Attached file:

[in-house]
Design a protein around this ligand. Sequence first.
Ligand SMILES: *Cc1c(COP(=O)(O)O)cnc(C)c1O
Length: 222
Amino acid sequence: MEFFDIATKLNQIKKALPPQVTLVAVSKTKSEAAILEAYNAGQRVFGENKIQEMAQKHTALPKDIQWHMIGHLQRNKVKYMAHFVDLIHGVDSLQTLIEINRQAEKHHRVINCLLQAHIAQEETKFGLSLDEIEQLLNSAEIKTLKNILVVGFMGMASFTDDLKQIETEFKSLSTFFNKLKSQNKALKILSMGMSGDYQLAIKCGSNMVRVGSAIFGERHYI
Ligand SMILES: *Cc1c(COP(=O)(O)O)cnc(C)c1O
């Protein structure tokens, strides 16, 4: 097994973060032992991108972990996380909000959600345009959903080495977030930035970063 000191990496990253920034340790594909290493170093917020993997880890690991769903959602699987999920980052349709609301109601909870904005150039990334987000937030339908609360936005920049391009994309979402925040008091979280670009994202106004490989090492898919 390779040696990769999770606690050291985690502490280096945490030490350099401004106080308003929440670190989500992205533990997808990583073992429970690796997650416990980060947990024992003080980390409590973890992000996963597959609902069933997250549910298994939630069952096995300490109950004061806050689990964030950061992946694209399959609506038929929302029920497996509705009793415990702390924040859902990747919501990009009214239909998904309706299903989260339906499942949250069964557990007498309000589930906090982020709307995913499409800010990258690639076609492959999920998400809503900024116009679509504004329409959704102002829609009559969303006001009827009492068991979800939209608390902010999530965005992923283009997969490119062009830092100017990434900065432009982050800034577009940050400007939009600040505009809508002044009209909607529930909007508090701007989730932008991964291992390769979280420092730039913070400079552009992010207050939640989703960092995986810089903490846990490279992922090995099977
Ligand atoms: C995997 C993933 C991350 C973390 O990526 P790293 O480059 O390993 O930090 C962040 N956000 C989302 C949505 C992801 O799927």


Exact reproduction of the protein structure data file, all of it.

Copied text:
[in-house]
Design a protein around this ligand. Sequence first.
Ligand SMILES: *Cc1c(COP(=O)(O)O)cnc(C)c1O
Length: 222
Amino acid sequence: MEFFDIATKLNQIKKALPPQVTLVAVSKTKSEAAILEAYNAGQRVFGENKIQEMAQKHTALPKDIQWHMIGHLQRNKVKYMAHFVDLIHGVDSLQTLIEINRQAEKHHRVINCLLQAHIAQEETKFGLSLDEIEQLLNSAEIKTLKNILVVGFMGMASFTDDLKQIETEFKSLSTFFNKLKSQNKALKILSMGMSGDYQLAIKCGSNMVRVGSAIFGERHYI
Ligand SMILES: *Cc1c(COP(=O)(O)O)cnc(C)c1O
């Protein structure tokens, strides 16, 4: 097994973060032992991108972990996380909000959600345009959903080495977030930035970063 000191990496990253920034340790594909290493170093917020993997880890690991769903959602699987999920980052349709609301109601909870904005150039990334987000937030339908609360936005920049391009994309979402925040008091979280670009994202106004490989090492898919 390779040696990769999770606690050291985690502490280096945490030490350099401004106080308003929440670190989500992205533990997808990583073992429970690796997650416990980060947990024992003080980390409590973890992000996963597959609902069933997250549910298994939630069952096995300490109950004061806050689990964030950061992946694209399959609506038929929302029920497996509705009793415990702390924040859902990747919501990009009214239909998904309706299903989260339906499942949250069964557990007498309000589930906090982020709307995913499409800010990258690639076609492959999920998400809503900024116009679509504004329409959704102002829609009559969303006001009827009492068991979800939209608390902010999530965005992923283009997969490119062009830092100017990434900065432009982050800034577009940050400007939009600040505009809508002044009209909607529930909007508090701007989730932008991964291992390769979280420092730039913070400079552009992010207050939640989703960092995986810089903490846990490279992922090995099977
Ligand atoms: C995997 C993933 C991350 C973390 O990526 P790293 O480059 O390993 O930090 C962040 N956000 C989302 C949505 C992801 O799927």